McIlroy elevates Irish Open back to an elite level
McIlroy should be justifiably proud of his four years as tournament host
Rory McIlroy in action at the Dubai Duty Free Irish Open at Ballyliffin Golf Club last week. Photograph: Ross Kinnaird/Getty Images
The only time Rory McIlroy seemed irked at all in the run-up to the DDF Irish Open at Ballyliffin was when he was asked about the depth of quality in the field. It was pointed out that only five other players from the world’s top 50 were playing, the implication being that he – as host – must have been disappointed at how few of the world’s elite had travelled.
McIlroy wasn’t too impressed with the leading nature of the question and, quite rightly, pointed out a number of valid reasons why the field was what it was: the Fourth of July holiday in the States was clearly a factor in deterring many Americans playing, while neither was he going to “twist anyone’s arm” to play.
The fact of the matter is that the Irish Open was the biggest tournament in the world last week and that will be the case again when it is staged in Lahinch next year.
Indeed, a number of factors will contribute to making it likely that next year’s Irish Open – which will be hosted by Paul McGinley – will have an even stronger field.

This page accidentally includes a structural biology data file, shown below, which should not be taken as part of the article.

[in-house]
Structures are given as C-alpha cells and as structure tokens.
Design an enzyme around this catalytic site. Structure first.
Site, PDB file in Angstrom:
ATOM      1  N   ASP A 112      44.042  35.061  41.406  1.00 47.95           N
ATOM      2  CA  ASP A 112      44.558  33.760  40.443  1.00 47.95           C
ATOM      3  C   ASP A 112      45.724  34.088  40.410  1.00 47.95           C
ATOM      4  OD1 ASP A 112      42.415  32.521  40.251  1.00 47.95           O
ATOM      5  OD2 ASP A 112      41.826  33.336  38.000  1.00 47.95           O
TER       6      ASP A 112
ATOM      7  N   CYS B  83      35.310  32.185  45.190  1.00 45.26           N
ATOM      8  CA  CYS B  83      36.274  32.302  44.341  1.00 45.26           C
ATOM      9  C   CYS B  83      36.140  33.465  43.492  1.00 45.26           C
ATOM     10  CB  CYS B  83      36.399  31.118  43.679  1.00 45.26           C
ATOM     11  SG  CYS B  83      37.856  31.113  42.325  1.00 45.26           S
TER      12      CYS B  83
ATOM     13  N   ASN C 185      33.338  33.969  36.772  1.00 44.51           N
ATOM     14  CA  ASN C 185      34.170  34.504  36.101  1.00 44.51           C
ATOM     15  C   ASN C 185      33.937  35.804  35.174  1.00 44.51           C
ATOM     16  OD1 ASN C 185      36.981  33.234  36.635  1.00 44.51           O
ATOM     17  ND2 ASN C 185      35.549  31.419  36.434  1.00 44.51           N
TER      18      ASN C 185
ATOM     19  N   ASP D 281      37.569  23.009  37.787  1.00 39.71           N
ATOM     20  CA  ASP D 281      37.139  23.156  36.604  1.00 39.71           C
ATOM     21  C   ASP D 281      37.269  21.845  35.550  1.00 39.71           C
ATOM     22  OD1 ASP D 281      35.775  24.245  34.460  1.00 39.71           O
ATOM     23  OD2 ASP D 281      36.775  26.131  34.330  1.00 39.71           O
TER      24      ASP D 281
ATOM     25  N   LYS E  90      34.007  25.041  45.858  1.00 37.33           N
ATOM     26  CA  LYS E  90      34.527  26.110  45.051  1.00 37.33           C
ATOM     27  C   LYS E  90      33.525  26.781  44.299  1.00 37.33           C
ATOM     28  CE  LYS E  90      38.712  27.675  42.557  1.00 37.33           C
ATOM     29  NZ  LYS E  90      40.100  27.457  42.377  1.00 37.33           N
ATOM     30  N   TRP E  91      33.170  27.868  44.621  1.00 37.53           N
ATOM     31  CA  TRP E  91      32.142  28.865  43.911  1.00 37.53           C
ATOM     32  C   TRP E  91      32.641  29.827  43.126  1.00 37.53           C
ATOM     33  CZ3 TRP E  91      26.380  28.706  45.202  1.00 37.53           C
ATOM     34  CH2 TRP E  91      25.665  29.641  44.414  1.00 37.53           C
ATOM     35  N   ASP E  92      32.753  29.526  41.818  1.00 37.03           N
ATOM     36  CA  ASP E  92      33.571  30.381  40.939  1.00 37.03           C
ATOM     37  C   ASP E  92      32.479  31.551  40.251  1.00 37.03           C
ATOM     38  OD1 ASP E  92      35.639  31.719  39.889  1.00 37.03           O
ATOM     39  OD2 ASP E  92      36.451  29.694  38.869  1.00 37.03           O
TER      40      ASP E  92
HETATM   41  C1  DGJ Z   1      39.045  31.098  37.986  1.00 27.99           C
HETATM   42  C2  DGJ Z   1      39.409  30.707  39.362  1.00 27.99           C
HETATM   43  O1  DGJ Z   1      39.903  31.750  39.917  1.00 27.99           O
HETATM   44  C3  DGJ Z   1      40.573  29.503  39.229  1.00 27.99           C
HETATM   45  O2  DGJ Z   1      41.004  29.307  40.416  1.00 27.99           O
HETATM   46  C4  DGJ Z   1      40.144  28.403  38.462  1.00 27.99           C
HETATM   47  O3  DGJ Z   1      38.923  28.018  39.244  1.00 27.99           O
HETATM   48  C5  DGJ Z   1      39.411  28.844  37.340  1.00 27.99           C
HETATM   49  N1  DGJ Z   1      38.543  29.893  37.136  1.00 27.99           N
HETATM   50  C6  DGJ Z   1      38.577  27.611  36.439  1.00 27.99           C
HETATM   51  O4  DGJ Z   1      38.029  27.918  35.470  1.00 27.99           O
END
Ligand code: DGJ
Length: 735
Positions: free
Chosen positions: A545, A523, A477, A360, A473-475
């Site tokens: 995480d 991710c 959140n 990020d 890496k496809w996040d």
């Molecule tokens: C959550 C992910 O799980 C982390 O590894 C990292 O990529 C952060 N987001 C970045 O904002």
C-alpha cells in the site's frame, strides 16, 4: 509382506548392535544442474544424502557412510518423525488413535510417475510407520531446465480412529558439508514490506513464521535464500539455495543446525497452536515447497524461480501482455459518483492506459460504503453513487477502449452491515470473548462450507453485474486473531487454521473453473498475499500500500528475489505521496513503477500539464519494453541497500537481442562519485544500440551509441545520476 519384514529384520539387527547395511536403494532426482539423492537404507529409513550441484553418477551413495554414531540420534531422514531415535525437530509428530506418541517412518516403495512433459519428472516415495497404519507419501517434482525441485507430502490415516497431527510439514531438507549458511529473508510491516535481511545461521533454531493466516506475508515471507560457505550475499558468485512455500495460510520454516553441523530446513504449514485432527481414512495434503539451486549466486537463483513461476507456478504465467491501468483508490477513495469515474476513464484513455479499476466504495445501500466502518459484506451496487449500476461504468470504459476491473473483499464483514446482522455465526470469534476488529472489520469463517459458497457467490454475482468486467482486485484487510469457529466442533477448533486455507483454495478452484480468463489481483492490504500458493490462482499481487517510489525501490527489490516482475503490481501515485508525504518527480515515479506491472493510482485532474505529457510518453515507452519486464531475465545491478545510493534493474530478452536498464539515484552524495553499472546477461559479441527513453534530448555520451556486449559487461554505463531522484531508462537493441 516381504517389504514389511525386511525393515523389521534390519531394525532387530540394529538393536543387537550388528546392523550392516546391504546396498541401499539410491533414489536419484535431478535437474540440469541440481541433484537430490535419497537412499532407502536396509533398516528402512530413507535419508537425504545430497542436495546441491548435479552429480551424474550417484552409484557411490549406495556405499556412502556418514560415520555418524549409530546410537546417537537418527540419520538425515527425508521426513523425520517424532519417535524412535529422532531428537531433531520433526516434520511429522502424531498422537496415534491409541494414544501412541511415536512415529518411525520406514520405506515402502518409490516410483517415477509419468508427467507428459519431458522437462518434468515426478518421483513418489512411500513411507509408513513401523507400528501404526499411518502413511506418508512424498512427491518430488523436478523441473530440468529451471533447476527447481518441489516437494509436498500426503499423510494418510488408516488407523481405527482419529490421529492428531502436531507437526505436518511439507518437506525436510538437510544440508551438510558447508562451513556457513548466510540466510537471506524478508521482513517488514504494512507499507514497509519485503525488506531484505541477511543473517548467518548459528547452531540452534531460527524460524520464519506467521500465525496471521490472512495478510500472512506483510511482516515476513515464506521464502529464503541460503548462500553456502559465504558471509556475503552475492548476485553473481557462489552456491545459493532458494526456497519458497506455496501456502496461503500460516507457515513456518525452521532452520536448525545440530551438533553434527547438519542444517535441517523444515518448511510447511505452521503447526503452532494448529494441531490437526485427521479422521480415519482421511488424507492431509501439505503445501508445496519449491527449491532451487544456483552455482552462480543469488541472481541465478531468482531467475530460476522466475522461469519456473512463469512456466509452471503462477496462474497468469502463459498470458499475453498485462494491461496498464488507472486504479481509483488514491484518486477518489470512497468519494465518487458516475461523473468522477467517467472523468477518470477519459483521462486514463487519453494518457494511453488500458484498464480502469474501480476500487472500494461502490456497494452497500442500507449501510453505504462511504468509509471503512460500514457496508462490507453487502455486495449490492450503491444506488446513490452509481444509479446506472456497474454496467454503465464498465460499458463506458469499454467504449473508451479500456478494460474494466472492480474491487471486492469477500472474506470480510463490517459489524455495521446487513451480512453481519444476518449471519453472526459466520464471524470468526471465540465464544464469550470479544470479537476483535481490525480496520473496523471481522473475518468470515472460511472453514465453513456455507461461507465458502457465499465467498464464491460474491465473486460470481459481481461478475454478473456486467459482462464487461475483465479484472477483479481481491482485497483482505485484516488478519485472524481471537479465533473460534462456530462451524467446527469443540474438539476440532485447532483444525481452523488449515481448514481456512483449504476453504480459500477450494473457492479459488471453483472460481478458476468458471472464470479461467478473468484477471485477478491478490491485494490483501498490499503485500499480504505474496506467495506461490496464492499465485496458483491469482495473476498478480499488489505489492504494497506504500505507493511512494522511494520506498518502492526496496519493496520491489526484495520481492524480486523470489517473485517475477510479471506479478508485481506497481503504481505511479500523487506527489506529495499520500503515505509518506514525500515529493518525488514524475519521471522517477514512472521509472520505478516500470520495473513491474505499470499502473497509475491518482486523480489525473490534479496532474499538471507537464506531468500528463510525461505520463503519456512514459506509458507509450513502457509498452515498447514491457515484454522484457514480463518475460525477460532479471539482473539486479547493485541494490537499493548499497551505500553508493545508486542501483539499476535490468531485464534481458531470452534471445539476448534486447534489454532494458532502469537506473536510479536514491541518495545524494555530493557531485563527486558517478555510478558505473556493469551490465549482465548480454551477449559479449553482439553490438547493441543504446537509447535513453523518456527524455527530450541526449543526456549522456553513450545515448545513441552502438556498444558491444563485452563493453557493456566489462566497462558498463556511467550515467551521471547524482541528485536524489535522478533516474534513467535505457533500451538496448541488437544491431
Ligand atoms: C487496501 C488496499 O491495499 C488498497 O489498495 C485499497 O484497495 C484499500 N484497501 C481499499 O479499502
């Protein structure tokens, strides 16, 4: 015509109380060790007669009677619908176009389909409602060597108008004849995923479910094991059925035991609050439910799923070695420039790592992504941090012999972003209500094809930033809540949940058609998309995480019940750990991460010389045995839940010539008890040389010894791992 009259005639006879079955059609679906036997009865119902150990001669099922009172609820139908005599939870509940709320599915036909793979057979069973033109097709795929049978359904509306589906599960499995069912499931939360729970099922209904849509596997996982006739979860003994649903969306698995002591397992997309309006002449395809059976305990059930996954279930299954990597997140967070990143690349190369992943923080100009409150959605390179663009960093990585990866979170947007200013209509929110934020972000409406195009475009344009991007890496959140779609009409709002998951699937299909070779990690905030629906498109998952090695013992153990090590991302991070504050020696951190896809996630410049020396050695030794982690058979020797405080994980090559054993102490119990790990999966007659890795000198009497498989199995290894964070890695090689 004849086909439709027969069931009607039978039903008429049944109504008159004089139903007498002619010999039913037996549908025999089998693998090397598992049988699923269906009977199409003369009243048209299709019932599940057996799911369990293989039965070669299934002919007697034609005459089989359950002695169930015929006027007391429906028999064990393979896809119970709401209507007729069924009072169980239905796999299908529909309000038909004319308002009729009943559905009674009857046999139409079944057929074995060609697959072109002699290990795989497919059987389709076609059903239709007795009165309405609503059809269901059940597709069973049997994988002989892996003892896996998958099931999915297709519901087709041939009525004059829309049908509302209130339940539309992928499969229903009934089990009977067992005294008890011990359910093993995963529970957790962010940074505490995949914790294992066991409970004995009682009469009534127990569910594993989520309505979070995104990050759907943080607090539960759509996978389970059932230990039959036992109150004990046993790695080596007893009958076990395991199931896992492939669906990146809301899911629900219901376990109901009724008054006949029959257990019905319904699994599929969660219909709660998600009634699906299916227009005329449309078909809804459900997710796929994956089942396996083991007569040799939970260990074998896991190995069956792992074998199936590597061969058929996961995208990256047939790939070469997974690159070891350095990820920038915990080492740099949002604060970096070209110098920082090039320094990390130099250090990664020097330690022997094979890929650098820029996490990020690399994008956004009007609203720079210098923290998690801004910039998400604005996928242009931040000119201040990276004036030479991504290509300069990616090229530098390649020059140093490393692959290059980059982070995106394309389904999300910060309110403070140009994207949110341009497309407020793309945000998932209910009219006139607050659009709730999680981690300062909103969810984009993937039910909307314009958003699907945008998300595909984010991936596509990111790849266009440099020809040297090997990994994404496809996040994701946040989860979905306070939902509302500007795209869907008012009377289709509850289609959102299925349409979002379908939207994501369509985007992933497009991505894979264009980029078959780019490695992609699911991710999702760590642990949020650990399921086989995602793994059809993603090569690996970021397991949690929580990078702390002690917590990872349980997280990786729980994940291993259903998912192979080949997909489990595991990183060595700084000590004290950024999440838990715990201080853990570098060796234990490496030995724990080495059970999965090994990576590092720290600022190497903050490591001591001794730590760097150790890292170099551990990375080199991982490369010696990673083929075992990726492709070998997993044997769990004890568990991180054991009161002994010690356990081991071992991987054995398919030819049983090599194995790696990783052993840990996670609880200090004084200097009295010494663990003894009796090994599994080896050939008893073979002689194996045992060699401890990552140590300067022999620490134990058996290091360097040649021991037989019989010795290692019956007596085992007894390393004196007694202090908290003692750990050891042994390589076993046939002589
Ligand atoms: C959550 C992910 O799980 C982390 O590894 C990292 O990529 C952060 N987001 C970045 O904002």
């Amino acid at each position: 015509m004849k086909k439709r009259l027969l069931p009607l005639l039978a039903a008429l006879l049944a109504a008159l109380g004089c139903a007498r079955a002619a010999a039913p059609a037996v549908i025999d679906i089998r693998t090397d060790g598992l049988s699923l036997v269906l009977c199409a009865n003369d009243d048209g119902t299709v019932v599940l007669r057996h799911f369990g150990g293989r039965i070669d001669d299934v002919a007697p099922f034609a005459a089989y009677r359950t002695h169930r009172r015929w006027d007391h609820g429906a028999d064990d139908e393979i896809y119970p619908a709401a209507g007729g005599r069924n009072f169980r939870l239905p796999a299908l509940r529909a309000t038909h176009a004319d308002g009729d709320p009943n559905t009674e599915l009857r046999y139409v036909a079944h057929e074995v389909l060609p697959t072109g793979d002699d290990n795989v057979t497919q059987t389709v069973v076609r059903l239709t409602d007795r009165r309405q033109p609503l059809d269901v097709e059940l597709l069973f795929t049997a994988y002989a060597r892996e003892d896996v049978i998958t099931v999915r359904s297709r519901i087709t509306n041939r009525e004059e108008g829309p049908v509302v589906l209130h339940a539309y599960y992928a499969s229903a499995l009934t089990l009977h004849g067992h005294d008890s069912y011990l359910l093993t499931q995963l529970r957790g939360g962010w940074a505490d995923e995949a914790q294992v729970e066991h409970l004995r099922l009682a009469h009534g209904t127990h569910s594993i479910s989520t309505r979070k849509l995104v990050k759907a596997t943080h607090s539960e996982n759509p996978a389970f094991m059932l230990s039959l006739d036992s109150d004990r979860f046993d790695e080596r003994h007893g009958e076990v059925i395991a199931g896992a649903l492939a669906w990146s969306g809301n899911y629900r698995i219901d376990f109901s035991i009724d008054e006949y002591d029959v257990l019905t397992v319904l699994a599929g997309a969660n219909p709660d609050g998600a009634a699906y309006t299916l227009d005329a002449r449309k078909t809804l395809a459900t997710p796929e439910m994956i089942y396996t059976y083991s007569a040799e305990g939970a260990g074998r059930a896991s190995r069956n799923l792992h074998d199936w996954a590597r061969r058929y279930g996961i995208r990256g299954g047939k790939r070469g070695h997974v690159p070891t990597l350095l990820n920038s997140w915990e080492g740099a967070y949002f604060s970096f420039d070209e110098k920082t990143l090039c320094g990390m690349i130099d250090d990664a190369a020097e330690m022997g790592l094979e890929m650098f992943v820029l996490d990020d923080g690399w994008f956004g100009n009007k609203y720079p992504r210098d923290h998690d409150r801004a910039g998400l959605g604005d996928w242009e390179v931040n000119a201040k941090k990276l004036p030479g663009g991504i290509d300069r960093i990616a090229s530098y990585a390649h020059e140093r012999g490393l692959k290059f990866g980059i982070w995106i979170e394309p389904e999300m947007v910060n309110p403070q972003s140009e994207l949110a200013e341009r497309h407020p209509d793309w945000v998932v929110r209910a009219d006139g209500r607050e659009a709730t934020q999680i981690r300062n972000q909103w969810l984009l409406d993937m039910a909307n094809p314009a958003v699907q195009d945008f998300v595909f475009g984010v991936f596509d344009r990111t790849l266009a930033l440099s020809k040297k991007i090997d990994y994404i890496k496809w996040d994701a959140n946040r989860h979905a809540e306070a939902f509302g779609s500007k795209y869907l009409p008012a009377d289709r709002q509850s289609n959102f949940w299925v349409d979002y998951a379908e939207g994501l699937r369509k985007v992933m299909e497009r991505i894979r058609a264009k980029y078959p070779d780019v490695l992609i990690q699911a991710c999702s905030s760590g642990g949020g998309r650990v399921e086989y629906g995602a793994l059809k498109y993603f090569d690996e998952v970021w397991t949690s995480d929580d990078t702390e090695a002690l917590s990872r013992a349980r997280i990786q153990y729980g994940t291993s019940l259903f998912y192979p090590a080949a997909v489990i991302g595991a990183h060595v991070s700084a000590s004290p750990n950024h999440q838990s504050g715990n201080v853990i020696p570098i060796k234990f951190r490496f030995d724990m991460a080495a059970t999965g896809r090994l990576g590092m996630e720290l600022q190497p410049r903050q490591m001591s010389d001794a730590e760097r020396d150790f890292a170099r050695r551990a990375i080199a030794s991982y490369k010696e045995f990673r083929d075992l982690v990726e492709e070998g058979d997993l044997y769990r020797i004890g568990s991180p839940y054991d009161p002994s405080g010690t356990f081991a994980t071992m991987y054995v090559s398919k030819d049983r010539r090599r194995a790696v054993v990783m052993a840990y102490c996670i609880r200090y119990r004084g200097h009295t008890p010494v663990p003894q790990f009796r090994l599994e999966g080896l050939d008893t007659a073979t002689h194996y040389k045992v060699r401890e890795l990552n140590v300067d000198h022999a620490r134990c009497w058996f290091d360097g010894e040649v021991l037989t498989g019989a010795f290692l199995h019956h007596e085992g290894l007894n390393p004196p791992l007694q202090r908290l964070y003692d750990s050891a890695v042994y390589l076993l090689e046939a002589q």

Firstly, The 148th Open will be staged at Royal Portrush two weeks later. McGinley – as we know from his Ryder Cup captaincy – is a wise old fox and it doesn’t come as any surprise that he has already being in touch with the R&A so that he can mirror the set-up at Lahinch as it will be at Portrush. By doing so, he is hopeful it will act as an inducement for players to prepare with a scorecard in their hands on similar course conditions. Its proximity to the Major should help bolster the Irish Open field.
Secondly, this year’s French Open attracted a large number of the elite European Tour players due to the fact that it will play host to the Ryder Cup in September. Nobody can argue with those players who pencilled the Paris tournament into their schedules but that situation won’t arise next year.
Thirdly, the opposing tournament on the PGA Tour next year is a new event: the 3M Open in Minneapolis – in the Mid-West – is unlikely to have the same pulling power.
What is beyond doubt is that McIlroy has handed over the Irish Open to McGinley in much better shape than it was in when he took over the reins four years ago. From a point where it had slipped to a mid-tier tournament on the PGA European Tour, the Irish Open – under McIlroy’s watch – has moved back to an elite event. The prize money has tripled in that time, it is a Rolex Series fixture; and the amount of money raised for various charities, in the millions, should be appreciated.
McGinley will bring his own ideas to the party in Lahinch; the upward trending will continue!